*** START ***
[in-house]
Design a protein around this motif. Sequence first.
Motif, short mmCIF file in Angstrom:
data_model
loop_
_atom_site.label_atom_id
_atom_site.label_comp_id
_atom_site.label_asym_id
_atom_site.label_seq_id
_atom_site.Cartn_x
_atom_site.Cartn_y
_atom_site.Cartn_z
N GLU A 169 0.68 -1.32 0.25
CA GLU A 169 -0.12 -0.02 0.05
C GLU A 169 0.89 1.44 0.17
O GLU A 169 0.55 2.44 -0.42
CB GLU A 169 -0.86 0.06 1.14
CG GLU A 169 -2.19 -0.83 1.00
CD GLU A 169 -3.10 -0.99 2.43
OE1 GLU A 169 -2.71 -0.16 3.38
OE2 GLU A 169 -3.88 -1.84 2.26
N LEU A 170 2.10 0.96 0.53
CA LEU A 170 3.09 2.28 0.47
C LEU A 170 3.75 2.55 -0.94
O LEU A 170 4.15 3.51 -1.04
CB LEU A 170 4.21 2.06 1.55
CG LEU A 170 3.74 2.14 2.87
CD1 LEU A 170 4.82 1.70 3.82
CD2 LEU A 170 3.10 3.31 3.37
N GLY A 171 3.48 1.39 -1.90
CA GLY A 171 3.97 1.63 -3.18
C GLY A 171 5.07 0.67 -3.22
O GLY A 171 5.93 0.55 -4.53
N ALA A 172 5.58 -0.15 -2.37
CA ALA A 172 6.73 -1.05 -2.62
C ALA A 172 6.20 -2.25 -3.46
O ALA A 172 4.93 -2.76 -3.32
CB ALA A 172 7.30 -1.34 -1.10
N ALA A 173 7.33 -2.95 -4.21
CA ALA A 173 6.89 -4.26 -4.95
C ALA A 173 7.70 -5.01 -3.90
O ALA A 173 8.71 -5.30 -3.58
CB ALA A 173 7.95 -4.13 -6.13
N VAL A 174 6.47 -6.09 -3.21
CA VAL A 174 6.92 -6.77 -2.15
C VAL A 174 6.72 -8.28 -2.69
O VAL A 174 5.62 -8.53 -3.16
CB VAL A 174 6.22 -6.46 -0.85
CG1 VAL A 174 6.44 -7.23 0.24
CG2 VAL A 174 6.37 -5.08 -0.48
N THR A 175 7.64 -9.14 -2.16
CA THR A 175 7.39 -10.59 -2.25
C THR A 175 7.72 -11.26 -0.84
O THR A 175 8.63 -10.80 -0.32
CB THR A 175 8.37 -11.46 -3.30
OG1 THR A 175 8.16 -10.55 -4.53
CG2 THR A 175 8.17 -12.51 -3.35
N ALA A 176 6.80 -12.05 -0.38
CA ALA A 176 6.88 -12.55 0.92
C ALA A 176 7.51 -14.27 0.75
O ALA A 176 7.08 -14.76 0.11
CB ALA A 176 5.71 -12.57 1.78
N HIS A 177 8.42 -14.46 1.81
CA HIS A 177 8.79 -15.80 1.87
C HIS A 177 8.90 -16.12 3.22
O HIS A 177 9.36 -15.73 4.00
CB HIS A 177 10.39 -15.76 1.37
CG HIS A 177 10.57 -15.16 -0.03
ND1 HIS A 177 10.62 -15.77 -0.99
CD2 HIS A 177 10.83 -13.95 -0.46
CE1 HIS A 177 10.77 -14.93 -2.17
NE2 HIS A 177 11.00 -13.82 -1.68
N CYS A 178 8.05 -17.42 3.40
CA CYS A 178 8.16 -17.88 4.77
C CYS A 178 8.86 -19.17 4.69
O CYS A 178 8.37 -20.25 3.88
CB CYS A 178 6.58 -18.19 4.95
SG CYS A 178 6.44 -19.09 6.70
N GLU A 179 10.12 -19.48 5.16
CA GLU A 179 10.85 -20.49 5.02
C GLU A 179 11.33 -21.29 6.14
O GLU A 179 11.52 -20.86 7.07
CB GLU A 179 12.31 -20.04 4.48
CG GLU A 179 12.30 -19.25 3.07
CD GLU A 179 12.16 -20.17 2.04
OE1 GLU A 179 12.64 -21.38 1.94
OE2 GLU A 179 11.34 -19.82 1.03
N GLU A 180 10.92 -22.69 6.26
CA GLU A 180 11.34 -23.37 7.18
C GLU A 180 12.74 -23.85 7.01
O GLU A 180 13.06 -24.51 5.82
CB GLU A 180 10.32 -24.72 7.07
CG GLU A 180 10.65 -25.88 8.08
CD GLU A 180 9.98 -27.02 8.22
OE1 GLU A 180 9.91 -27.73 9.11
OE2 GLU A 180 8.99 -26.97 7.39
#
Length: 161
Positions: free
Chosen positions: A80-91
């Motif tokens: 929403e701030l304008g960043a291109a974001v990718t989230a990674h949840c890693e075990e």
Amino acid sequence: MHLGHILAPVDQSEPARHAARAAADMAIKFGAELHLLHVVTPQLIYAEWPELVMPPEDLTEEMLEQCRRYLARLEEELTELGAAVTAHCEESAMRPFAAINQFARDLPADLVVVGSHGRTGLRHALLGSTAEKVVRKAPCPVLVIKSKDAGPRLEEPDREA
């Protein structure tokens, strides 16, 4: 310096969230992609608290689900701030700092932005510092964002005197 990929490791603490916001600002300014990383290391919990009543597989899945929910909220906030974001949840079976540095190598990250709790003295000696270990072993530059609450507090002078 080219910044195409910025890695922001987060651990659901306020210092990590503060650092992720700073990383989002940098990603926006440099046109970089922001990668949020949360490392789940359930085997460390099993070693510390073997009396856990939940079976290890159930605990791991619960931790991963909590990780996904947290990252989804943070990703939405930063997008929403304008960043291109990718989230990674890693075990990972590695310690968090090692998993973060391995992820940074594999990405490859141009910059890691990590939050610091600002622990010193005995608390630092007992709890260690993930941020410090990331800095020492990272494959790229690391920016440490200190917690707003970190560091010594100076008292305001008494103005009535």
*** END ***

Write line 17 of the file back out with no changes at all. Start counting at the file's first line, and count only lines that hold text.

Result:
CB GLU A 169 -0.86 0.06 1.14